Comparatively, the number of continued claims among Black or African American workers remains much higher, sitting at 525% above pre-COVID-19 levels. In addition, the percentage of continued claims among Black or African American workers jumped from 1.9% to 7.5% of total claims in the region, showing disproportionate impact. Unfortunately, Black or African Americans are not the only racial or ethnic group that continue to see higher current claim counts in the region and the state, either. Among Asian workers, the current number of claims are 575% higher while those among American Indian or Alaska Native climbed 250% (see Table 2).

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A Closer Look

The varying effects of the pandemic and the resulting policies that impacted occupations differently go beyond race and income levels and are also impacted by geography. While South Central and Southwest Minnesota have had lower rates of unemployment and UI claims, certain counties stand out. Normal economic churn and seasonal layoffs create regular unemployment situations that continue for extended durations in a typical year. However, when the weather warms up employment in these seasonal industries typically returns and unemployment falls. Comparing the growth in continued claims from pre-pandemic to post-pandemic times shows the results of the unique circumstances in each county.

Minnesota had 64,920 continued claims the week ending March 7, while South Central and Southwest Minnesota had just 4,749 (7.3% of the state's total). By the week ending with September 5th, Minnesota had 181,223 continued claims and South Central and Southwest had 7,769 (4.3% of the total). Furthermore, continued claims grew by 179% in Minnesota in that time, but only increased 64% in South Central and Southwest Minnesota. The unprecedented rise in continued claims over this period is a departure from typical trends, where we usually see unemployment drop with warmer weather and employment expansion.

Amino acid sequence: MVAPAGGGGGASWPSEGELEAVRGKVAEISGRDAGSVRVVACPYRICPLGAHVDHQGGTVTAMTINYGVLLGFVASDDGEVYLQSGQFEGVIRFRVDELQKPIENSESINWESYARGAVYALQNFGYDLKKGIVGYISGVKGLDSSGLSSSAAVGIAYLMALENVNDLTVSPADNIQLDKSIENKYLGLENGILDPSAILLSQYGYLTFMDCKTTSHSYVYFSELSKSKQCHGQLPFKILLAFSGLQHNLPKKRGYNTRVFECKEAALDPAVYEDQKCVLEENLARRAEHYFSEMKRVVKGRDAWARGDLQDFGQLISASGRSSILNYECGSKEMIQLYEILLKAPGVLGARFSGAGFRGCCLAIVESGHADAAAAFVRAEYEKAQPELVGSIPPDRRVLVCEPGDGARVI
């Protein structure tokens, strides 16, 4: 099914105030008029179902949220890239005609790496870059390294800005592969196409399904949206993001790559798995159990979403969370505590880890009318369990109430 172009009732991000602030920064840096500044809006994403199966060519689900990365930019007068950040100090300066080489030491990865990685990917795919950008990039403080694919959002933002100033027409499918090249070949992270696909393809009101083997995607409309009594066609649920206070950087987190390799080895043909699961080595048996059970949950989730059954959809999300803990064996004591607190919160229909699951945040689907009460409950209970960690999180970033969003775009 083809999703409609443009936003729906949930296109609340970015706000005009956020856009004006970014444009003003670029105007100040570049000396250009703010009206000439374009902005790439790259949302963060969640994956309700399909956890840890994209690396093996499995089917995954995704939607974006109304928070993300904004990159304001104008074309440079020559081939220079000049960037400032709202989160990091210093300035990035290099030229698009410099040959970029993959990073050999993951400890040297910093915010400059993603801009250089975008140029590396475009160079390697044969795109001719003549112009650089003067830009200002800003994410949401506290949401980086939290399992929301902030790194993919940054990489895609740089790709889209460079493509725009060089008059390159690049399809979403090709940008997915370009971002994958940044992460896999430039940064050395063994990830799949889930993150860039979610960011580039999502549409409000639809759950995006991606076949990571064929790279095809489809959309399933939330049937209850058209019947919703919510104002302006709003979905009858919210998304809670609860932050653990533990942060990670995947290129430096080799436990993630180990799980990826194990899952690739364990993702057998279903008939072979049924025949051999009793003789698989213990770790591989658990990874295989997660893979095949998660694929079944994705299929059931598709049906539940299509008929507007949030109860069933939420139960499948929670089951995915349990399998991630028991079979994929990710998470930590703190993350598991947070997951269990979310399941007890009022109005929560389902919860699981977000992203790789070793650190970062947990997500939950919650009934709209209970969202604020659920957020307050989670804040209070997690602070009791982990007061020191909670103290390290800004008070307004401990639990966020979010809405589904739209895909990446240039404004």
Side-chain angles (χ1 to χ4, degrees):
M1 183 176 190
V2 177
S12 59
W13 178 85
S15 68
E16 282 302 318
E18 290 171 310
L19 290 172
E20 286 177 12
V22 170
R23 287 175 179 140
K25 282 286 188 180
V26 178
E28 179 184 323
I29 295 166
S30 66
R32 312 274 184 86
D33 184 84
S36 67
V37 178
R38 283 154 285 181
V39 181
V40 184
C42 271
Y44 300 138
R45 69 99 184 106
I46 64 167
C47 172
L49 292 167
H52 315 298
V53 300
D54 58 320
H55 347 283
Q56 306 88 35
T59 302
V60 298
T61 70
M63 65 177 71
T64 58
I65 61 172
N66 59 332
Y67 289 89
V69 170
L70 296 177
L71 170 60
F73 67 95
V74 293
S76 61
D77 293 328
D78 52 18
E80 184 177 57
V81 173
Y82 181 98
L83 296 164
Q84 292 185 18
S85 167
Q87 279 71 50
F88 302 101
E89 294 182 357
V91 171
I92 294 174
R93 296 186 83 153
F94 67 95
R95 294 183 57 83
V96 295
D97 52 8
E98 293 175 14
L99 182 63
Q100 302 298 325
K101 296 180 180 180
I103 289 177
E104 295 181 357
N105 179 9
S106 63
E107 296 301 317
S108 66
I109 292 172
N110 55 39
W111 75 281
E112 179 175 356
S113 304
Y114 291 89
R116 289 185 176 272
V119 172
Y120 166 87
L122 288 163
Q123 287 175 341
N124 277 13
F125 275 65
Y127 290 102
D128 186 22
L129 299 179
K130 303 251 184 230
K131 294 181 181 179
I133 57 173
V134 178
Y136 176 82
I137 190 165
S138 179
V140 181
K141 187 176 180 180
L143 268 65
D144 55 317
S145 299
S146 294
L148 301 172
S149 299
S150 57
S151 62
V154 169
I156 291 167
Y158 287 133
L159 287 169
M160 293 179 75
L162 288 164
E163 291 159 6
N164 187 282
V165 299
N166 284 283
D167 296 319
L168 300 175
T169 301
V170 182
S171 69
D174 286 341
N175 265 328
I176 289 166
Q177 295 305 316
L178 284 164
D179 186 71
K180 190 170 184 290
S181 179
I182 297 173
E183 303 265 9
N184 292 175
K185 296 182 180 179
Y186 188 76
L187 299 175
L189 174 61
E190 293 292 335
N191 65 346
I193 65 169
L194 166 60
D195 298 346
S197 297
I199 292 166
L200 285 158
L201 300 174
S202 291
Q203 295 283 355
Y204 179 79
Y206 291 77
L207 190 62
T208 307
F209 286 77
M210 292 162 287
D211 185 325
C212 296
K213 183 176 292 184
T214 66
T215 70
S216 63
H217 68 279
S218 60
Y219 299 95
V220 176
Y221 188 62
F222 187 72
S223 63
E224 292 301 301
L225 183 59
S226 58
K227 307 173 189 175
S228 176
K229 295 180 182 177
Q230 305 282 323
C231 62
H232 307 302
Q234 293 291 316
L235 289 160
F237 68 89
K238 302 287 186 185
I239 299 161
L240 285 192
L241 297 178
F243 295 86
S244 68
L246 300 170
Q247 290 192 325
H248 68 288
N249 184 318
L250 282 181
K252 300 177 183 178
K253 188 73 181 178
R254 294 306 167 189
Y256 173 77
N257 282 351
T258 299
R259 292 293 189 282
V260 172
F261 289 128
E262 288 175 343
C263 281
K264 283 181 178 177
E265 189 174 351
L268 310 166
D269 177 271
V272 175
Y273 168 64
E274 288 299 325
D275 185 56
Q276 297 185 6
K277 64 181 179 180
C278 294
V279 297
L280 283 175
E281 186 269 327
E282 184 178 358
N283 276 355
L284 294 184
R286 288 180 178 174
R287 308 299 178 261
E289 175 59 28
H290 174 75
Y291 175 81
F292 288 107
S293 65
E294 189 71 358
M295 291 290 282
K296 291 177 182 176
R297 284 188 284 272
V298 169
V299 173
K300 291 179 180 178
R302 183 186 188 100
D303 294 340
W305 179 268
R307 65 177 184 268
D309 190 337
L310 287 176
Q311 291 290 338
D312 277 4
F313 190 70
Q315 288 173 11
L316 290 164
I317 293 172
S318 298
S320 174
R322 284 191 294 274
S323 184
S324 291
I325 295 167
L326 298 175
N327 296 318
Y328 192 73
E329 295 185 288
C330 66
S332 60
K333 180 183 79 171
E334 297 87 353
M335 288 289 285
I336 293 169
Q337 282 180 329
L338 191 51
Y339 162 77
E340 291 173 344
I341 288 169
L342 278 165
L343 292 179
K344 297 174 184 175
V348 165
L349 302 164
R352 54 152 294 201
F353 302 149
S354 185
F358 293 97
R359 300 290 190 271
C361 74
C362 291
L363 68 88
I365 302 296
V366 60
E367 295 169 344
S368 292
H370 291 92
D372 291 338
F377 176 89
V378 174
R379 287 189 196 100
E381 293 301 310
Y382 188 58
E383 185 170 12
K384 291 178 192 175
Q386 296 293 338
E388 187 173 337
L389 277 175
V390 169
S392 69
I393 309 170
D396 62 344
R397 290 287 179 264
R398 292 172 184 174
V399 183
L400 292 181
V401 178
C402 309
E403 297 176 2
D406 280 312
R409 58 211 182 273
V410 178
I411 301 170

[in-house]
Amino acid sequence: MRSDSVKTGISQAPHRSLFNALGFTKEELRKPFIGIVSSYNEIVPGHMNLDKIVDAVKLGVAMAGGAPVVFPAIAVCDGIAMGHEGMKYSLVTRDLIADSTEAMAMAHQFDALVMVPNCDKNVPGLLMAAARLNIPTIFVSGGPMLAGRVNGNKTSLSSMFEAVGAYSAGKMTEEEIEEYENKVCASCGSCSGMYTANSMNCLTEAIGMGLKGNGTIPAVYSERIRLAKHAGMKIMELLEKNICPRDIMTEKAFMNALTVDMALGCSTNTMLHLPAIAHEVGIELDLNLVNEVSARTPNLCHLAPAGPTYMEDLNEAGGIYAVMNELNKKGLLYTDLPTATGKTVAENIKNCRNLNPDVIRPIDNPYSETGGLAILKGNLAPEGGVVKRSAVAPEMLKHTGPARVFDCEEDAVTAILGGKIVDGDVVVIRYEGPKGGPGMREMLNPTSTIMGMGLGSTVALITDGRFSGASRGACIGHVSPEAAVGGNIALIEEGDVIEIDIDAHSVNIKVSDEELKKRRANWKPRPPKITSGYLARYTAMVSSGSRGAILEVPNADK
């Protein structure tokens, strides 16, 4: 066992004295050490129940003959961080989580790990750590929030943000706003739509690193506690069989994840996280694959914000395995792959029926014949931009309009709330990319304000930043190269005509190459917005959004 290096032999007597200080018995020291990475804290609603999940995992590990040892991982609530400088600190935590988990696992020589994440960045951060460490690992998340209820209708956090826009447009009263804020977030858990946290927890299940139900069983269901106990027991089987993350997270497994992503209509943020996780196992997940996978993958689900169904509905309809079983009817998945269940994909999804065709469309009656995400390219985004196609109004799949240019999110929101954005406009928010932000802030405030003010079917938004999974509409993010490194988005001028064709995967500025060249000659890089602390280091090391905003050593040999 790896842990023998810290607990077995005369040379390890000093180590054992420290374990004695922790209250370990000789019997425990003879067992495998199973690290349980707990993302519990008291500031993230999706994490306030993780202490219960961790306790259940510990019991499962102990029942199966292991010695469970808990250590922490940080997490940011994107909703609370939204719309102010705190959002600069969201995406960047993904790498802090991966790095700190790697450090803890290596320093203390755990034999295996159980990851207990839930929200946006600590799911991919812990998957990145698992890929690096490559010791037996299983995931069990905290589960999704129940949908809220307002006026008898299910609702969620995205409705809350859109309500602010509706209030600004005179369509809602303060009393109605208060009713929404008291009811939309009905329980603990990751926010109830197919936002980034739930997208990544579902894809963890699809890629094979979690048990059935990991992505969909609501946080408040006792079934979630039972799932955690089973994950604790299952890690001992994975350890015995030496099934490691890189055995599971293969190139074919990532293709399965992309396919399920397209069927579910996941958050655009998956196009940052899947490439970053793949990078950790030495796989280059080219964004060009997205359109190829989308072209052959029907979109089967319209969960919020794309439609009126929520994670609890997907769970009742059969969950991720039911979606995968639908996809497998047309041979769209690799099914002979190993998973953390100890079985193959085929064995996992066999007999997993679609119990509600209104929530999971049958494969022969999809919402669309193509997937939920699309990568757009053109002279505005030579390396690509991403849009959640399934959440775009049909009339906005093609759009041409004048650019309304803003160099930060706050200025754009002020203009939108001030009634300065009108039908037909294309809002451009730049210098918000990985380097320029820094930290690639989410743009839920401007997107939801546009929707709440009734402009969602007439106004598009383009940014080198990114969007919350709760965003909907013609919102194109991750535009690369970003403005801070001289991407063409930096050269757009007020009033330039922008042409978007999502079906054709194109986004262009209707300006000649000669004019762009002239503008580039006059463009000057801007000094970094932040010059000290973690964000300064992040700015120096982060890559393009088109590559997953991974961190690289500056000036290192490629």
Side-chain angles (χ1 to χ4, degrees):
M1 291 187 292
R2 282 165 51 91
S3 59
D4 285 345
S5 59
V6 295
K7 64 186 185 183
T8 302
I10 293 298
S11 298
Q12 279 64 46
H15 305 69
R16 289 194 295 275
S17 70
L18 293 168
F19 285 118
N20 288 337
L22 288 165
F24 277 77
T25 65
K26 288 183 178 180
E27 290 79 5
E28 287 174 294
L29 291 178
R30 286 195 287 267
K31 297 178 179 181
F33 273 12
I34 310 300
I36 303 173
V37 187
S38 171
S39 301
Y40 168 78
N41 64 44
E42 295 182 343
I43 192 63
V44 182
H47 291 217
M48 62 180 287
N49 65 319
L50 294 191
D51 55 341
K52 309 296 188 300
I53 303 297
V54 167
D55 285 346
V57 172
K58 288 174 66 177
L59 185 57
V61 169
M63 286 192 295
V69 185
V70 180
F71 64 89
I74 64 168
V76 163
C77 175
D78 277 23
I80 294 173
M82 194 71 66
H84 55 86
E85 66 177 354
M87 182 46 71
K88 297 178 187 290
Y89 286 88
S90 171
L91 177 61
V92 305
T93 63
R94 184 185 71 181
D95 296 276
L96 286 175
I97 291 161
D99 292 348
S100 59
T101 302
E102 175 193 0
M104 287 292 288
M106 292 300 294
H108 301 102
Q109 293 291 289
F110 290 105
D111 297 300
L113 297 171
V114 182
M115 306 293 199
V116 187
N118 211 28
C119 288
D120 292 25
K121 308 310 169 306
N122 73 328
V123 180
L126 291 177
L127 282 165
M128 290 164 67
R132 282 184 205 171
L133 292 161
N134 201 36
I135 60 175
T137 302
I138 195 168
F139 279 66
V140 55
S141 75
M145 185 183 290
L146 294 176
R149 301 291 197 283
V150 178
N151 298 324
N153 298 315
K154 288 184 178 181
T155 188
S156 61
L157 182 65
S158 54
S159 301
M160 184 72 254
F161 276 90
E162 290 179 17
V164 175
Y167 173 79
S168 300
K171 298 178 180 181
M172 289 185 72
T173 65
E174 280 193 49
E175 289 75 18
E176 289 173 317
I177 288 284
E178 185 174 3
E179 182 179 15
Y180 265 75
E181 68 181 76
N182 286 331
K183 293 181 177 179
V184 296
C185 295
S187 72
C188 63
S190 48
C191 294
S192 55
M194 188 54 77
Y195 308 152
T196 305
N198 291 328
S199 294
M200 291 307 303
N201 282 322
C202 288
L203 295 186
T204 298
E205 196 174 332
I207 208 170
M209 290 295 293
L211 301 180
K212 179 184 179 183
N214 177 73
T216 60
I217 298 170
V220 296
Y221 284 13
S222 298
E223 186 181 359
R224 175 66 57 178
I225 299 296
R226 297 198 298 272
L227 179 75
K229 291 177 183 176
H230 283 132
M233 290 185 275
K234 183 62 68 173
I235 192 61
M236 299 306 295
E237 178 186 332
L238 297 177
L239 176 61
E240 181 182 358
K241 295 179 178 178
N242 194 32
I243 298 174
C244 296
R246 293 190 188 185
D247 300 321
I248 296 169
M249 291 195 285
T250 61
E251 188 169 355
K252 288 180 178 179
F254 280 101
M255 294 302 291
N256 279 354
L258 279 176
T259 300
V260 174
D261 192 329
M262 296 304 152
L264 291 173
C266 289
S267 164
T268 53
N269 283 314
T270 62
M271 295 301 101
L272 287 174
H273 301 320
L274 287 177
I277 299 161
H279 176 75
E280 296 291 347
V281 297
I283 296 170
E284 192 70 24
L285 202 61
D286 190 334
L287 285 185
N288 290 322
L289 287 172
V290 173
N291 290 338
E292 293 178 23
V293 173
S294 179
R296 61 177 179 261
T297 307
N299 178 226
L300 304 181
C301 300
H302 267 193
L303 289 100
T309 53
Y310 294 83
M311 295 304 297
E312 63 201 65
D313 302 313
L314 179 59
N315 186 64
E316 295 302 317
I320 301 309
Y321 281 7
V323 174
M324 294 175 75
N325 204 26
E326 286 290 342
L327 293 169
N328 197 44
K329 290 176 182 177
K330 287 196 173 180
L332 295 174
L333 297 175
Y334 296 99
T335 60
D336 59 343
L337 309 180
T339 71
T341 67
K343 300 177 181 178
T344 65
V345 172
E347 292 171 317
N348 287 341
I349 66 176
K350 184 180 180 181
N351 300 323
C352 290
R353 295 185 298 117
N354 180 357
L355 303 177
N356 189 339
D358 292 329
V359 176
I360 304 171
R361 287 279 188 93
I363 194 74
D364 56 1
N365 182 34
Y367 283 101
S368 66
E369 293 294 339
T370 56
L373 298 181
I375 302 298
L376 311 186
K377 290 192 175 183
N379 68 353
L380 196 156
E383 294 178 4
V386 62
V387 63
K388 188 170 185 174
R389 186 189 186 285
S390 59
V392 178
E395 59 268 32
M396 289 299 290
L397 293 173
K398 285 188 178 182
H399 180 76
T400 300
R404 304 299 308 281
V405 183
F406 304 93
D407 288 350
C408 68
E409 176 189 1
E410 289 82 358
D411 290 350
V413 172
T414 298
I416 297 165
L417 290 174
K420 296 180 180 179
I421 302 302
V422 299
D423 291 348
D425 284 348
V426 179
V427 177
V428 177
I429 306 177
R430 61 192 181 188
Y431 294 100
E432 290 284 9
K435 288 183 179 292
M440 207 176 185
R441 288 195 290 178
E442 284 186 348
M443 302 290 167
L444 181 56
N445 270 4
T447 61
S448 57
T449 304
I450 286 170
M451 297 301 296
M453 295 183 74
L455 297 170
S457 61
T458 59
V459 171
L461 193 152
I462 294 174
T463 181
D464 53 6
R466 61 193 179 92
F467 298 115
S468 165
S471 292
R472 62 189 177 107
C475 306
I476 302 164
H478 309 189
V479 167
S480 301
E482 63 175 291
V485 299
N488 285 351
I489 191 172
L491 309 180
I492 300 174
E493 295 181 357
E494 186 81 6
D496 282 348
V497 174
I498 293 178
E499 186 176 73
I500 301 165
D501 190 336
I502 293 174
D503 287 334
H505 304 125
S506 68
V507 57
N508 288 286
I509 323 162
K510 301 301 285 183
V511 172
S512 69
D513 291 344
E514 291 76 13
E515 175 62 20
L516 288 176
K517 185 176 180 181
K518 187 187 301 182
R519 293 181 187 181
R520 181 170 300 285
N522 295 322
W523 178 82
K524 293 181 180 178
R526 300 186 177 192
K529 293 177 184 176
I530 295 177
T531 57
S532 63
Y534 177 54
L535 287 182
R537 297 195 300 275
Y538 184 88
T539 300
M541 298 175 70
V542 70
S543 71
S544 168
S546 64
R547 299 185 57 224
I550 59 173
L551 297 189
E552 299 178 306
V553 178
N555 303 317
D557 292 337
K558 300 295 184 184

Across South Central and Southwest Minnesota there are some large differences in UI trends, with Nicollet and Blue Earth County (which make up the Mankato/North Mankato metropolitan statistical area) both seeing larger increases in continued claims since the beginning of March than Minnesota as a whole, while other counties have actually seen a decline in continued claims. It is a positive and optimistic sign for those counties that have seen UI claims fall to lower levels, and certainly an indicator of how geography changes the impacts of the COVID-19 pandemic (see Figure 2).

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Hit or Miss

While the pandemic has impacted the economy in every county of the state, the degree to which it translates into layoffs is a complex culmination of factors including labor force changes and industry mix. In the map of Southwest Minnesota below you can see the large increases in the counties that contain the Mankato MSA; yet Lyon County, home to the region's second largest city of Marshall, has experienced much less economic disruption. The industry mix among counties also shows through the data – with the prominent food manufacturing facilities in the very southwestern corner prompting large increases in continued claims (see Figure 3).

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Continued UI claims are an excellent indicator of how workers – and the overall economy – are doing in the region. Without trying to calculate all the externalities that can impact the economy including consumer preferences, supply chains, price sensitivity, and more; data on jobs are always informative. It might be a lagging indicator on an individual level, but job counts and the number of people still receiving UI benefits provide an idea of the direction things are heading. The good news is that South Central and Southwest Minnesota continue to make progress on the road to recovery.